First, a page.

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I just received a message on my Mac OS X system telling me:

The wireless network appears to have been compromised and will be disabled for about a minute.

(It's a wireless WPA2-PSK secured network BTW)

Sample message:

macOS - The wireless network appears to have been compromised and will be disabled for about a minute


I looked in the logs of my router (a Zyxel P-2602HW-D1A) only to see a few (outbound) "syn flood TCP ATTACK" logs, but those were from like a week ago, other than that nothing. What tools on Mac OS X do I have to analyse this security breach occurence? Are there some security logs on Mac OS X that I can inspect?

What other measurements should I take? And how serious should I take this warning from Mac OS X?

System: Macbook Pro Intel Core 2 Duo 2.2 Ghz
OS: Mac OS X 10.5.8
Network: wireless WPA2-PSK
Relevant software: Parallels Desktop with Windows XP (was open, but stopped at the time)

Other systems on my network:
Windows XP SP3 desktop (was running at the time)

If you need any more info, don't hestitate to ask.


The actual message was in Dutch, probably something like the following from /System/Library/PrivateFrameworks/Apple80211.framework/Versions/Current/Resources/ ClientController.bundle/Contents/Resources/Dutch.lproj:

Het draadloze netwerk wordt gedurende ongeveer een minuut uitgeschakeld omdat de beveiliging ervan is aangetast.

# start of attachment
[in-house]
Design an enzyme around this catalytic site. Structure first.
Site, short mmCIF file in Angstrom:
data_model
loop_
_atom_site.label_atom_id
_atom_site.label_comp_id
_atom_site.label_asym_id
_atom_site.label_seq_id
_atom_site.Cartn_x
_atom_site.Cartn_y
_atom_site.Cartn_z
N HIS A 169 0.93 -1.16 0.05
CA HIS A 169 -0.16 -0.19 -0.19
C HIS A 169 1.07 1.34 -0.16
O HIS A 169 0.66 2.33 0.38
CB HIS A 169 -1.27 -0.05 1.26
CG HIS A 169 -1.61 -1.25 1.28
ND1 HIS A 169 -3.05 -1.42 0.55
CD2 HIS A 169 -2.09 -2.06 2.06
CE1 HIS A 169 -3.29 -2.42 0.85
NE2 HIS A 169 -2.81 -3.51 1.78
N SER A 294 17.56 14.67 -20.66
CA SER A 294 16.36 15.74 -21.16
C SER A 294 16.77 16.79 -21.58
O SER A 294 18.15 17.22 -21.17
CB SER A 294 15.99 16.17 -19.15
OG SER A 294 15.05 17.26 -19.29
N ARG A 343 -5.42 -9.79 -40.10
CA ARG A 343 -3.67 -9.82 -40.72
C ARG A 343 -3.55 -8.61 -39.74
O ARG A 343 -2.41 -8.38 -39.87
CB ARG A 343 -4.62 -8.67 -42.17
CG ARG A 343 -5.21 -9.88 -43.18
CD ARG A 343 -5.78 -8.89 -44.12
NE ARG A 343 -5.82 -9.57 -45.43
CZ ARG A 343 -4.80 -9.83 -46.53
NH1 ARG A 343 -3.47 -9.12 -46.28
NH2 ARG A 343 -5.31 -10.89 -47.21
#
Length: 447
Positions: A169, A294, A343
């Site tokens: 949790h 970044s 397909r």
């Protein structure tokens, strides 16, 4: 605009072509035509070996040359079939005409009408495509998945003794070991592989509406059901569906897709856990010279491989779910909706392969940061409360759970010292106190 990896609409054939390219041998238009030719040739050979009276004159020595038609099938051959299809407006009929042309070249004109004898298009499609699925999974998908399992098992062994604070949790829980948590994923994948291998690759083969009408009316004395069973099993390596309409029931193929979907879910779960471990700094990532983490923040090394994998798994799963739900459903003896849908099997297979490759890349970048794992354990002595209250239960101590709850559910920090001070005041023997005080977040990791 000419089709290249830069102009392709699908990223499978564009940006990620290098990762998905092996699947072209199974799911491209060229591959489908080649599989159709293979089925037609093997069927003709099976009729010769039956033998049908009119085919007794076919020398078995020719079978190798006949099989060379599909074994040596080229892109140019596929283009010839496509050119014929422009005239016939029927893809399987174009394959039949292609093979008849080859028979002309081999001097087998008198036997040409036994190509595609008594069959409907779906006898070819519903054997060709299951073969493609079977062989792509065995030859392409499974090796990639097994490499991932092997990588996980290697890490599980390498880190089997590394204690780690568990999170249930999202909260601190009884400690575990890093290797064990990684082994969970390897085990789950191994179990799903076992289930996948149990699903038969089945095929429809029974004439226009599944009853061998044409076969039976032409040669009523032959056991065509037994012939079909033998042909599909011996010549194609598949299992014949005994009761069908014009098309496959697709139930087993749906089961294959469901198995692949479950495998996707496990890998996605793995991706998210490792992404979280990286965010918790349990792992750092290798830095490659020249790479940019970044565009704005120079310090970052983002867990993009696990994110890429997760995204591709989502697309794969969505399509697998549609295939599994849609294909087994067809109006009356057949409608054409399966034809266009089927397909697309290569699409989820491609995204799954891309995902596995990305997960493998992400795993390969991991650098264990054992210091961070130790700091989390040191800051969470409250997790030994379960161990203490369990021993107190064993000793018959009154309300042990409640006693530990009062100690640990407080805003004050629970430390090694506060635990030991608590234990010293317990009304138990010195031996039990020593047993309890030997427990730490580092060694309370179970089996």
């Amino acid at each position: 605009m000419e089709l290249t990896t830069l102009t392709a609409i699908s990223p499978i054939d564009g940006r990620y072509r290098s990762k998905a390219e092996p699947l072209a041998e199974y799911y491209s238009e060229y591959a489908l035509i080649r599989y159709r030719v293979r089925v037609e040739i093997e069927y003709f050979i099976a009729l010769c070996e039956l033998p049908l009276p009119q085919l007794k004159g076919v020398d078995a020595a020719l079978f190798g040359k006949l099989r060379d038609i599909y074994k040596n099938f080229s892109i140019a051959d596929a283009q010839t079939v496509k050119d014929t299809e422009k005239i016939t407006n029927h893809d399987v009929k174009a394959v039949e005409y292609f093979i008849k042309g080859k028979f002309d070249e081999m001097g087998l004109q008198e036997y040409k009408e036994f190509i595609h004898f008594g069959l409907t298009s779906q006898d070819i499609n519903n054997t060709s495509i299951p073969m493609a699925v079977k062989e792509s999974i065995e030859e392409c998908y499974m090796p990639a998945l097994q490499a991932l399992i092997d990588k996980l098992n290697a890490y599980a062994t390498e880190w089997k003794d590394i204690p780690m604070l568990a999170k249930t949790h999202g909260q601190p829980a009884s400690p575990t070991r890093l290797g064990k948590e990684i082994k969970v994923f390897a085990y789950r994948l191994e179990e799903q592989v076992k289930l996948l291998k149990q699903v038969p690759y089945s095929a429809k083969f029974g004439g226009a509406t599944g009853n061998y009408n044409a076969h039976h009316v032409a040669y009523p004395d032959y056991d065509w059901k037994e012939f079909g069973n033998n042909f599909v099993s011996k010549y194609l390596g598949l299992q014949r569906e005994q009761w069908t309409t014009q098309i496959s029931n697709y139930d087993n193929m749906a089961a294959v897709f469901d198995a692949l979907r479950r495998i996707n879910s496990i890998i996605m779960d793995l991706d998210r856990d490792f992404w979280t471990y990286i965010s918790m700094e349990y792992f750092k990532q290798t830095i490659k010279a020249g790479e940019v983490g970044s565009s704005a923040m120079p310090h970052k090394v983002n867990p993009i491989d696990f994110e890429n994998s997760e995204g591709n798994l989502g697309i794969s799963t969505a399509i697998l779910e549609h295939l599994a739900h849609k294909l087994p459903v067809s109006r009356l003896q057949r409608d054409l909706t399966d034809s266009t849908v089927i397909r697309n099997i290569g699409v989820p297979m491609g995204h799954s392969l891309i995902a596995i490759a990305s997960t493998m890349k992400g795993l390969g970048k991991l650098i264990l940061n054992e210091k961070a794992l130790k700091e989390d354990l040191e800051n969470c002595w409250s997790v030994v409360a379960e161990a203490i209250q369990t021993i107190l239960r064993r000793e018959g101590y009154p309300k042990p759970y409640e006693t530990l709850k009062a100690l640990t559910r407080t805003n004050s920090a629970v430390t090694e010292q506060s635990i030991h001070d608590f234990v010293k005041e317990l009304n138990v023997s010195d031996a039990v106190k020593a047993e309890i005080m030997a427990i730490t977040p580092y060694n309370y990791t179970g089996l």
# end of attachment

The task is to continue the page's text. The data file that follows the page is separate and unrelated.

• Do you have a screen shot of the error message? – Brian May 3 '10 at 18:08
  • @Brian, this is quite an old question... :-) – Arjan May 3 '10 at 21:26
  • Ha, so it is - I completely overlooked the date – Brian May 4 '10 at 14:40
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    Still got this on macOS Sierra. – kenorb Sep 28 '17 at 11:13
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That's the message you get when the AirPort card/driver detects two TKIP "MIChael" MIC (Message Integrity Check) failures within 60 seconds, or is notified of such failures by the AP.

TKIP encryption, which was the basis of original WPA and may still be enabled under WPA2 in what's known as "WPA2 Mixed Mode", had a tiny likelihood of random MIC failures, but two failures within 60 seconds is too unlikely to be randomness, so the WPA spec treats it as an attack, and requires the network to go down for a minute or two to thwart attackers.

The AES-CCMP encryption that is the basis of WPA2 also has a MIC (well, they call it a MAC -- Message Authentication Check -- it's the 'M' of CCMP), but I don't recall off the top of my head what's supposed to happen if there's an AES-CCMP MAC failure. I don't think it involves downing the network temporarily though.

By far the most likely scenario is that you just happened to hit some bug where either the AP or the client screwed up its MIC handling, or where the MIC-failure-handling code got accidentally triggered.

I've seen wireless cards have bugs in this area, especially running in promiscuous mode. You might want to make sure that Parallels or something else isn't putting your wireless card into promiscuous mode. Run ifconfig en1 (if en1 is your AirPort card, as it typically is) and look in the interface flag list ("UP,BROADCAST...") for the PROMISC flag. Some VM software uses Promiscuous mode to enable "bridged" or "shared" networking, at least for wired Ethernet interfaces. Because many wireless cards don't handle promiscuous mode well, most modern VM software is careful not to put a wireless interface into promiscuous mode.